Lagler HUMMEL 8″ Belt Floor Sander

Lagler HUMMEL 8″ Belt Floor Sander

The Philadelphia Floor Store is the one stop shop for your hardwood and sport flooring needs. Hi, my name is Joe Glavin with Philadelphia
Floor and today we’re going to talk about the 8-inch Lagler Hummel. The Hummel is a
belt sander, it takes a 7 and 7/8ths by 29 and 1/2 inch belt.
It comes with the side cover for dust collection. Belts are 7 and 7/8ths by 29 and 1/2.
Once the lever is down for the top roller unit, belt slides right on. Engage the spring
and you’re ready to sand. The Hummel unit has a vulcanized rubber
drum that’s vented, and this drum is convex, so it has a crown in the middle of it that
helps with the top roller, that’s also convex. And the two work together to track the belt,
the sanding belt, and keep it steady. The dust collection on the Hummel
is excellent, it has a large vacuum fan that brings the dust up this integrated dust tube
here, into the bag, and the bag will inflate. For dust collection for sanders, I would say
that the Hummel’s natural dust pickup without hooking to any vacuum system is outstanding. The lifting lever is a ball, so it
easily fits into your hand. The disassembly of the machine for transport, you loosen the
wingnut on the control rod here, and then the wingnut for the dust tube here, and then
the entire dust will pull apart. Staying on this side of the machine,
you have drum pressure settings, and that affects how aggressive it’s going to cut on
the front end. So as you drop this down, you’ll have more weight depending on the setting
of this lever. The furthest setting down is heavy, medium, and fine. The guide roller on the wall will
keep the machine away from the wall, and is fully adjustable. This roller meets the wall
and none of this side of the machine will hit the wall. On top of the motor, we have
a control box. This box has pretty much all the functioning electrical for the machine,
on off switch, capacitors, run and start and connector universal contactor. Safety fuses and the safety disconnect
switch so that the machine can be immediately shut off with an emergency stop button, which
follows this all the way up to here. So if there’s ever something malfunctioning with
the machine, just hit that and it automatically shuts the machine off. This is a five horsepower, 220 volt
motor. It’s meant to tie directly into an electrical system that would power stoves,
air conditioning units, ranges, that kind of thing – dryers. If you need to take the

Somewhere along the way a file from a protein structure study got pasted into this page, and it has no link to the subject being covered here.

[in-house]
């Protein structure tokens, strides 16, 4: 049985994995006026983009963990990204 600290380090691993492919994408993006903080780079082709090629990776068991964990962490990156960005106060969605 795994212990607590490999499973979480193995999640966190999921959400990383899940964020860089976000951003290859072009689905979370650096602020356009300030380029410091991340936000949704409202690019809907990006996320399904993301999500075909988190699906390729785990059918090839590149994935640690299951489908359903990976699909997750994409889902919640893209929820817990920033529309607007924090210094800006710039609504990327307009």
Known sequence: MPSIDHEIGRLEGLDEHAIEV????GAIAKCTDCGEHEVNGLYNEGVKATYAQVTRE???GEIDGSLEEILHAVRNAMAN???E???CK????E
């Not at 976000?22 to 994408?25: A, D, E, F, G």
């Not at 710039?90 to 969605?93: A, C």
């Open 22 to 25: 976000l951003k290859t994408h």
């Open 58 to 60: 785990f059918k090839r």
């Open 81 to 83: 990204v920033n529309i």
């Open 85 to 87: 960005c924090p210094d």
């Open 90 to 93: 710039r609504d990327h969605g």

motor off, you’re going to loosen these wingnuts in the back here of these palm nuts, lower
the front end of the motor here, take the V belts off. Pull the motor off. The machine
disassembles very quickly. This lever is to engage and disengage
the top roller mechanism for bringing the sanding belt on and off. These rear elbows are for leaning
the machine back
and working underneath the machine. Whether you need to clear any material out from the
drum and the dust scoop system, adjusting or cleaning your wheels off, or looking at
anything for drum pressure springs underneath, that’s what the elbows are for. This will give you a shot at the pulley
system – there’s a vacuum pulley and a drum pulley. This drum is easily changed; it has
one nut on the side, pull the drum right off. Before we get going, I’m just making
sure the belt’s tracking properly. Looks good. [Vacuum noises, grinding] If you’d like to purchase the Lagler
8 inch Hummel floor sander, go to

9 thoughts on “Lagler HUMMEL 8″ Belt Floor Sander

  1. you sand from left to right , not like you showed here , the cutting side is where you open the cover to change the belt

  2. I'm looking for a Hummel to buy, unfortunately you did not remove the handle and the motor for a full review of the machine. Just wanted to know if it's quick to remove those parts, for stairs climbing.

  3. hi can you help me ?
    when i sander it break down the sandpaper .today i sand the floor it broke the sandpaper more than 10 time. please tell me what's going on ?and how to fix it? thanks

  4. That happen cose u buy a hammer nat a bona super 8 .alots of problems with new version of hammel not worted .i have a new hammel sander its just problems nathin like old version .dont recommended

  5. I worked with clark .apolo .bona and galaxy .u can sand left to rigth or rigth to left it doesnt mater .agood machine is a good machine .dont recoment hummel new version

  6. If you're sanding floors in million dollar homes you want a hummel, but if you're sanding 1950's and older homes I would still recommend a drum sander. I just sanded a new install with super 83 and you couldn't tell if it was a belt or a drum. You'll go broke changing those belts on old resand jobs.

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